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What to do with a sleeper - Carers UK Forum

What to do with a sleeper

Share your ideas about the practical side of caring.
I attended a hub on dementia and got a lot of useful practical advice. We were advised NOT to keep asking questions of the patient as it confuses them, so I have tried to stick to this practise. Its actually not at all easy if you're sitting with them one to one and trying to keep them alert and awake, I can tell her about my day/weekend - what my children are doing - what my husband is doing .............. but my life is not very interesting really - so I end up wracking my brains to find something to talk about without asking her questions.
You can tell she's not interested in what I say as she answers 'Mmmm' to everything and then falls asleep and slips sideways off her chair if I'm not watching. She refused to go to bed and then gets up during the night, but come morning she refuses to get up, and that's why I don't want her to sleep during the day. She refuses to get dressed (then complains its cold) and refuses to eat (and then complains she's hungry, but leaves the food untouched or just nibbled round the edges).
I suppose what I'm asking is - how do I keep her awake during the afternoons - she doesn't have mornings as she sleeps in till 11am.
Any suggestions as to topics? She doesn't watch tv - just goes to sleep.
Hi Barbara,

Instead of direct questions, can you get her reminiscing maybe by asking open ended questions or just commenting yourself As her memory shrinks, longer ago memories are more likely to have meaning for her. Do you have old photo albums you can look at together or could you play music she would have enjoyed.

I don't know whether it applies to people with dementia as their body clocks become disrupted, but the standard advice is thatthe waking up time and getting enough early daylight / bright light is critical to reset the body clock.

If you can't expose her to bright daylight first thing, then do it cr 11 a.m onwards. If the natural light is poor, aim for brighter daylight bulbs in the house, perhaps.

Barbara, I've posted elsewhere to you on Rob's thread, but I think the time has come for your MIL to move into a care home. Dementia only worsens and worsens. My poor MIL (in a care home for three years) now sits in a wheelchair all day, she is immobile (her brain has forgetten how to walk) ,and she can't talk any more (her brain has forgotten how), and she barely recognises me if that when I visit. She stares vacantly and is completely 'non-interactive'. She is doubly incontinent.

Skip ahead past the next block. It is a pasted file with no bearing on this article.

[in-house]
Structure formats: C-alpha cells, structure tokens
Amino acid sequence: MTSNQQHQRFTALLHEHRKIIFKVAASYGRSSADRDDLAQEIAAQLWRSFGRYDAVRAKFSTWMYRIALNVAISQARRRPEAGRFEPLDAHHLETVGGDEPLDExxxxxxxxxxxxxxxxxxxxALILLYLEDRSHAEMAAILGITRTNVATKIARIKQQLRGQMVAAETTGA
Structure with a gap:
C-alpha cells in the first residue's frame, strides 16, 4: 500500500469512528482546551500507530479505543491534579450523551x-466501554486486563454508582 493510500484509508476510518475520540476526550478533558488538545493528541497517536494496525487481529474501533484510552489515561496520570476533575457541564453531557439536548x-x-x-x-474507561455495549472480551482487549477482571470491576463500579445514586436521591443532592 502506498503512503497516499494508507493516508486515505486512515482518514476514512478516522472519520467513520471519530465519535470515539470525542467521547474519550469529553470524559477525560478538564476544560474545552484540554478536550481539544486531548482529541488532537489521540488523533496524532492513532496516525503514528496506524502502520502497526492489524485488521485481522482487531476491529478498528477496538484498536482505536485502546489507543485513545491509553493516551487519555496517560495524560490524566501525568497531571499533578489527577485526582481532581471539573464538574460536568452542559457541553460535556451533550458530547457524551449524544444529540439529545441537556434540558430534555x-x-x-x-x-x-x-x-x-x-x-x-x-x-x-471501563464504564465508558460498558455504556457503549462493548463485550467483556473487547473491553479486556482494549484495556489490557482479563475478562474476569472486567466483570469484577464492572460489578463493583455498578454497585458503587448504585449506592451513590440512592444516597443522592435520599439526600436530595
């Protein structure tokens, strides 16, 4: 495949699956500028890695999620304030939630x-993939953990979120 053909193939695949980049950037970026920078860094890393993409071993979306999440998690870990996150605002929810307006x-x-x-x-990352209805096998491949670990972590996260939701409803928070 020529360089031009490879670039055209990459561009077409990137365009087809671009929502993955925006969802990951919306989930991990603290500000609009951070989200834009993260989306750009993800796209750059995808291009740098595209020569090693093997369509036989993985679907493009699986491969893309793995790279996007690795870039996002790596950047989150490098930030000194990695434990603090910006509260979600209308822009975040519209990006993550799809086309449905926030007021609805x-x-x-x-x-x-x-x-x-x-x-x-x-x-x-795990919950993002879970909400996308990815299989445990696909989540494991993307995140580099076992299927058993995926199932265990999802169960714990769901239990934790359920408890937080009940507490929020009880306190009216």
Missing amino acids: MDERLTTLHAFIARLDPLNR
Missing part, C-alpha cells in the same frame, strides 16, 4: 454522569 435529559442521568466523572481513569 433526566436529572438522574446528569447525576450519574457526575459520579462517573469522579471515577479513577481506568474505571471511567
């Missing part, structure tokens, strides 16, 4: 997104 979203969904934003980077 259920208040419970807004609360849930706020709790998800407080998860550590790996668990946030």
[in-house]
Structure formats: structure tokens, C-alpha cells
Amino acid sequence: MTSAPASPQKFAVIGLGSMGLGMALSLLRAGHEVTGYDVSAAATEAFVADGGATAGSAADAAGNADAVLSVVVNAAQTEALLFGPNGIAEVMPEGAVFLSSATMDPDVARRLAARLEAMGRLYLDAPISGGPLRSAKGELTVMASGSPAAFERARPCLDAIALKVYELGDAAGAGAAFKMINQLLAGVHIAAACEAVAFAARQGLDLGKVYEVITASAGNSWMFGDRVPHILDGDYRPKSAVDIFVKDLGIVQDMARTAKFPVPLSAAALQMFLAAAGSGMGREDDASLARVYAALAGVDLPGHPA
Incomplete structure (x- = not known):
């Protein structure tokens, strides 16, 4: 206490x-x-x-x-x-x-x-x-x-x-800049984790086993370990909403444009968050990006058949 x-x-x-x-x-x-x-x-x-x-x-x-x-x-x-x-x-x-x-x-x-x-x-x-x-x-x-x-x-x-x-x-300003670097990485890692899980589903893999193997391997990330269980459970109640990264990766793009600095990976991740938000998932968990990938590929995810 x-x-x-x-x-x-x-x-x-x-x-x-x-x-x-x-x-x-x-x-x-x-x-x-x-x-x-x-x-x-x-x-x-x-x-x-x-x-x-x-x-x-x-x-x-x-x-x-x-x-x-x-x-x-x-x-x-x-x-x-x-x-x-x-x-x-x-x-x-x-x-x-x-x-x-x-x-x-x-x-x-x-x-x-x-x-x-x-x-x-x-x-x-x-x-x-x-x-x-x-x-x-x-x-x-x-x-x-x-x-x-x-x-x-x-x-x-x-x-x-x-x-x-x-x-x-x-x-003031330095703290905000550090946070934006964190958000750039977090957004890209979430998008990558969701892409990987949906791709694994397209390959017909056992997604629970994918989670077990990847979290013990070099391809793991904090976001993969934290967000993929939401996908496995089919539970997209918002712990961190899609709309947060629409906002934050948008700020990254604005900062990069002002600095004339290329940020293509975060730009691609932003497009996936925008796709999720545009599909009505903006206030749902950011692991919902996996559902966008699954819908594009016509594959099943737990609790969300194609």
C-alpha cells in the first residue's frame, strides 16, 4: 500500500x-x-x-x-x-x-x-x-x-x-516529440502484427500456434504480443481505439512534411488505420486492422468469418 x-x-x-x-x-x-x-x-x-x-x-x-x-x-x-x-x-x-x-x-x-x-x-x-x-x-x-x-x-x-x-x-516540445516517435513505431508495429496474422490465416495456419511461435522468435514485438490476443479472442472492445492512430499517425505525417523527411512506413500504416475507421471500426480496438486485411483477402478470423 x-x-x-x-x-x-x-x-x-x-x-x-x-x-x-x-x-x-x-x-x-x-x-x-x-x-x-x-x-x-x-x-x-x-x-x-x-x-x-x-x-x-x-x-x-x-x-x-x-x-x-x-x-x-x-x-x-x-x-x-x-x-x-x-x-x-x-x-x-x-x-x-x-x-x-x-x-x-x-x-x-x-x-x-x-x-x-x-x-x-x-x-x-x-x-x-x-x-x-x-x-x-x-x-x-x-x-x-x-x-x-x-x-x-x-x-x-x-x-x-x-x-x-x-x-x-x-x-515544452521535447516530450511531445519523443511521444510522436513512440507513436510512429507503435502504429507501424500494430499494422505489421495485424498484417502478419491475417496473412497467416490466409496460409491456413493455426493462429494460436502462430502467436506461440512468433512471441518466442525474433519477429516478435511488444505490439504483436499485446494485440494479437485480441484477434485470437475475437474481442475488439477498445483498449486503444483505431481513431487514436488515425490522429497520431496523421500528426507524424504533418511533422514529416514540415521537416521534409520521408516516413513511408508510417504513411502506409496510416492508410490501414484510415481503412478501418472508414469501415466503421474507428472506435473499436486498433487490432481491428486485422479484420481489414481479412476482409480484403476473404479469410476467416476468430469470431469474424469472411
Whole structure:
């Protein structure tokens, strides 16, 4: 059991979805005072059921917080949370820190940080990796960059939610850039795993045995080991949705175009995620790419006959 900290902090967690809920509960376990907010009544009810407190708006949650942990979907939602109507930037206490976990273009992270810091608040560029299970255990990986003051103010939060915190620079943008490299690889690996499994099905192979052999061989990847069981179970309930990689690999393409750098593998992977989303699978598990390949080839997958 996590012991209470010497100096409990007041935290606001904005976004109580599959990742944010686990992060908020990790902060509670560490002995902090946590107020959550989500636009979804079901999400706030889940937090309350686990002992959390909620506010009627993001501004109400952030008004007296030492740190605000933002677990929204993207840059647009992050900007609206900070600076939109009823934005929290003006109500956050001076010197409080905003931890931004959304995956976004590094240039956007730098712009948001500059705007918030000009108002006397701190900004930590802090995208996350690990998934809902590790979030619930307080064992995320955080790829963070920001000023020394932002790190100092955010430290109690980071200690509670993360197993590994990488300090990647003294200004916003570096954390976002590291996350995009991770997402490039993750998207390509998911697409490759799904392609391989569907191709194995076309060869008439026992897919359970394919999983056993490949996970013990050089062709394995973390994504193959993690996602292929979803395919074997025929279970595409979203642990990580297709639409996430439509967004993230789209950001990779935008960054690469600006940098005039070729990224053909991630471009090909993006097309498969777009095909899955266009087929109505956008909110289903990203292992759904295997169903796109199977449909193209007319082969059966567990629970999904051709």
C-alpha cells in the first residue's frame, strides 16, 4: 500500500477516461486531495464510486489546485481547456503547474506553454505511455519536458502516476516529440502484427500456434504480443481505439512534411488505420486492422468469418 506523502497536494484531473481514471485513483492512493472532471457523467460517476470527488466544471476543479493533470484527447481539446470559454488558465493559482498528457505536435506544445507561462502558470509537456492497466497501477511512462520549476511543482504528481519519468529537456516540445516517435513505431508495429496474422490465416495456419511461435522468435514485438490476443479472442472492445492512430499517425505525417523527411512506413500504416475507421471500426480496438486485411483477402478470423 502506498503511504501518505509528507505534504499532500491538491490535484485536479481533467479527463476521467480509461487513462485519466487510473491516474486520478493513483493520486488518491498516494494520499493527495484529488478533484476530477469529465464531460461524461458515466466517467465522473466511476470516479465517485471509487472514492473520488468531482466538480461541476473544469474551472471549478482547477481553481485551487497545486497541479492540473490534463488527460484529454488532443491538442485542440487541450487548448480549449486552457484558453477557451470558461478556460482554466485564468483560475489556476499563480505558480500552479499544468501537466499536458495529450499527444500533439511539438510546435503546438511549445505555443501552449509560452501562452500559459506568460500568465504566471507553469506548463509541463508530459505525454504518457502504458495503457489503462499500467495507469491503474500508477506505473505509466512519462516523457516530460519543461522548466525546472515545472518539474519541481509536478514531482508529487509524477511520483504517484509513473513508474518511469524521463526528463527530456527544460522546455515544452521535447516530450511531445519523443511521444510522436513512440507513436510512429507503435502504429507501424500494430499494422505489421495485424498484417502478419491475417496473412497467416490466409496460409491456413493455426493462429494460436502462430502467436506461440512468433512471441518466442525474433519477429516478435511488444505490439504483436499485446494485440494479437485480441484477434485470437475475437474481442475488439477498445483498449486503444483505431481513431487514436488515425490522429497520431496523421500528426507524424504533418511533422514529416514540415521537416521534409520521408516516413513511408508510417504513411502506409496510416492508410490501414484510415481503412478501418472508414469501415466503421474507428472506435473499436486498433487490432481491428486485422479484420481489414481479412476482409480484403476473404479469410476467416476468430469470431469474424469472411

Grimly, unless something else like a stroke or whatever carries off your MIL, this is the fate awaiting her.

So, like I say, given your circumstances (that, if I've got this right - your husband moved his mum into your home, then promptly 'left you to it' (!)) I can't think of any good reason to go on looking after her?
I fear I have misled you Jenny but thanks for your input though.
My Mil did come to us for a while, until I insisted my husband (her son) do his share - when she was promptly shunted back home with carers poor thing! I did like her, but I'd already seen my own Mum go through the same thing and was already worn out with that (even though she wasn't living with me).
The 'sleeper' I refer to is an old school friend and I look after her 2 days a week to give her husband time to himself. My 'time' has dwindled to lunchtime onwards as she just won't get out of bed. We get her up and dressed, then I throw him out and try to get her to eat. something but she's got senile anorexia and wont eat if she can help it. Fortisips and juices from her GP are spat out but she may manage half a cup of tea fortified with protein powder, sometimes I can get her to eat a piece of fudge or the odd chocolate finger. She weighs less than 6 stone.